• a greater increase in the proportions of students gaining NCEA
  • a significant increase in the number of students who had been at risk with their learning and have now gained an NCEA certificate.

3 Curriculum

How effectively does this school’s curriculum promote and support student learning?

The school’s curriculum effectively supports and promotes students’ learning. It is well based on the New Zealand Curriculum and strongly supports the school’s vision.

Students benefit from a curriculum that:

  • focuses on their all-round development
  • aims to be engaging and accessible for all students
  • is responsive to students’ interests, needs and strengths
  • effectively supports students’ learning needs through a range of programmes, specialist teaching and the use of many experienced teacher aides
  • makes learning relevant through the use of authentic and innovative contexts, and local expertise
  • tailors assessments to enable students to fairly demonstrate their knowledge and skills.

Teachers and school leaders:

  • closely monitor the achievements and progress of individual students
  • report regularly to parents about their children’s learning and/or effort
  • quickly identify students needing pastoral and/or learning support
  • support senior students well to make appropriate course choices and make links to their future
  • are reflective about their teaching practices and the impact these are having on student outcomes.

Teachers with responsibility for Pacific success have formed productive relationships with Pacific students, their parents and the wider Pacific communities to ensure positive outcomes for students.

Next steps

Senior leaders have identified, and ERO agrees, that leaders and teachers need to clarify the learning progressions expected for students as they move from Year 7 to Year 10. Such a development should:

  • provide clear direction for teaching
  • support greater consistency across the school with teacher judgements regarding students’ progress and achievement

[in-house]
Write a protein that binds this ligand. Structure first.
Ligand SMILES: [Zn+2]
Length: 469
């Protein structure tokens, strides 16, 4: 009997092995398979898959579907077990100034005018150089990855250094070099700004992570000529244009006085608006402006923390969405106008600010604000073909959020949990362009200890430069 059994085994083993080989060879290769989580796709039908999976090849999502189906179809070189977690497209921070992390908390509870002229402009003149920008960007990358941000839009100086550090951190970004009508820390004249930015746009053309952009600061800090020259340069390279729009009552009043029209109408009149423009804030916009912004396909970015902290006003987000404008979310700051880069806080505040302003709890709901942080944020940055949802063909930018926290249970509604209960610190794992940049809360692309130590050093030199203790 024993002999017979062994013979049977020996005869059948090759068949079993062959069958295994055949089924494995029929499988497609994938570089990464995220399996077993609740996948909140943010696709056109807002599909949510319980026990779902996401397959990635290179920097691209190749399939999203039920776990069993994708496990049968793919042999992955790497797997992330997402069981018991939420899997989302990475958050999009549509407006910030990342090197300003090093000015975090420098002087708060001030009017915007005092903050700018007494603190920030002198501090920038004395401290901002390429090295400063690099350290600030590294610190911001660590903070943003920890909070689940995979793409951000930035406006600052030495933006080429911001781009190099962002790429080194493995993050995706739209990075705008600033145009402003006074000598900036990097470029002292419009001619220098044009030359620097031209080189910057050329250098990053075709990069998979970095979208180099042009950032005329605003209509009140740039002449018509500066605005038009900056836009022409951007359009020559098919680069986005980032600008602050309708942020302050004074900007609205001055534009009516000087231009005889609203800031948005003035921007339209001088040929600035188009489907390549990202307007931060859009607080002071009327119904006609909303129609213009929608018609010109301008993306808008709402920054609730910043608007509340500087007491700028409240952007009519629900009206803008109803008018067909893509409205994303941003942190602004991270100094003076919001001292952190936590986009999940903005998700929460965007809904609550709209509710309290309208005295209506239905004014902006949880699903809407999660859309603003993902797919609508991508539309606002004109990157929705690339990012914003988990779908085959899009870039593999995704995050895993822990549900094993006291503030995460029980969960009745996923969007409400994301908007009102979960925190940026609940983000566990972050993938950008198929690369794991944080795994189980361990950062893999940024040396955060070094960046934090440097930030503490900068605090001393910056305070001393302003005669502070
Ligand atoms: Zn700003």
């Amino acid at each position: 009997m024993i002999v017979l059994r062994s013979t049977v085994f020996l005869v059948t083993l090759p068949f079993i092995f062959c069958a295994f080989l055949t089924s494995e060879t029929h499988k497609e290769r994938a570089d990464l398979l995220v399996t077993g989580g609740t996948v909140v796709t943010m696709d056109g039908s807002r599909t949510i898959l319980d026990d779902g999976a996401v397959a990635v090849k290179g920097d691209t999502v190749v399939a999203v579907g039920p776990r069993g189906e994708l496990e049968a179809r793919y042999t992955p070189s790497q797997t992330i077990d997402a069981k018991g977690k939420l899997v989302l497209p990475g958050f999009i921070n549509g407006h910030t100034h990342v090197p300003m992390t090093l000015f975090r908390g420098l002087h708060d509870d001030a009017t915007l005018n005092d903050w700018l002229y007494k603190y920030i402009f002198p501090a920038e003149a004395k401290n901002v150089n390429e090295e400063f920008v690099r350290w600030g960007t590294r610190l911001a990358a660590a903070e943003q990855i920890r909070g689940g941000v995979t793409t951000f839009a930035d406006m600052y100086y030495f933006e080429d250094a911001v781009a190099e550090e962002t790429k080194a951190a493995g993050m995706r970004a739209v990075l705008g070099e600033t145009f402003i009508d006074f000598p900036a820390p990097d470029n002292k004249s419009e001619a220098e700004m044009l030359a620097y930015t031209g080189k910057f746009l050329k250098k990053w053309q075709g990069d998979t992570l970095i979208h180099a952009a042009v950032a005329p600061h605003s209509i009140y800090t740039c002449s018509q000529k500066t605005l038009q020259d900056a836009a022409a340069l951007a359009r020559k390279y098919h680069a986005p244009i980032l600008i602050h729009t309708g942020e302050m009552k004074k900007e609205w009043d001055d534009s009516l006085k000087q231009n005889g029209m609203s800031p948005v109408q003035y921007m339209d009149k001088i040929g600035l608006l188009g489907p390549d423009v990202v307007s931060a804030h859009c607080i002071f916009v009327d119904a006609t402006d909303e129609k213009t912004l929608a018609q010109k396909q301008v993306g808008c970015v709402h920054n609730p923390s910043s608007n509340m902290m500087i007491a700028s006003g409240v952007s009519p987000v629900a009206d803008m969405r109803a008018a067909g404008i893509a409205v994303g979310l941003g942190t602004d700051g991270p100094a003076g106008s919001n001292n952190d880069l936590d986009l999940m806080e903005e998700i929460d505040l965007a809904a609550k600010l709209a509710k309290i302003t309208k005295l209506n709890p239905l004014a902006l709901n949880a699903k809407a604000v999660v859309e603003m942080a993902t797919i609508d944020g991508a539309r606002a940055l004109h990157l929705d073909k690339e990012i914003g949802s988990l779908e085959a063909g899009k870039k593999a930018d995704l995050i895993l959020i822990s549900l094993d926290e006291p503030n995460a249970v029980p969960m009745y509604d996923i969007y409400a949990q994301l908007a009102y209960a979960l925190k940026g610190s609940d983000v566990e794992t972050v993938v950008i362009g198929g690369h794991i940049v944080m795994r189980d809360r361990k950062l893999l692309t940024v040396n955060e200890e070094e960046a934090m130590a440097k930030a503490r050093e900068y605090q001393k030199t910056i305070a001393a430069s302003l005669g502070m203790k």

• provide more useful data to measure the amount of progress students have made.

Trustees and senior leaders have identified, and ERO agrees, that they need to find ways to strengthen engagement with family and whānau to improve outcomes for students.

How effectively does the school promote educational success for Māori, as Māori?

Māori students experience aspects of their identity, language and culture in school life and in their learning. The school continues to place a strong emphasis on Māori succeeding as Māori. Māori students make up 12% of the school roll.

Students and teachers have many opportunities to hear and use te reo Māori and experience tikanga Māori in meaningful contexts. This includes actively participating in mihi whakatau, waiata and haka. All students in Years 7 to 9 participate in te reo Māori classes and can choose to continue this learning into Year 10.

Teaching staff are increasing their awareness and knowledge of te ao Māori, including cultural competencies as set out in Tātaiako. They are doing this through in-school professional development and attendance at Open Wānanga courses.

The board sets annual goals to increase the recognition and place of Māori in the school. To support these goals, the school has recently re-established a kaiārahi (guardian) of their Māori students and te ao Māori at the school. Mentoring programmes have been successful with a number of students increasing their engagement with school and learning, and raising their achievement levels.

School leaders and trustees recognise the need to strengthen their relationships with Māori whānau to celebrate successes, gather their views and aspirations, and work together to plan and achieve shared goals.

4 Sustainable Performance

How well placed is the school to sustain and improve its performance?

The school is well placed to sustain and improve its performance.

The principal and other leaders have continued to work with staff to embed a culture of reflection and inquiry. Leaders expect teachers to know students well, adapt teaching practices and be responsive to students’ needs, abilities and interests. Teachers regularly gather and share information so that students, parents and other relevant staff members know how well students are engaging with their learning and what needs to be improved.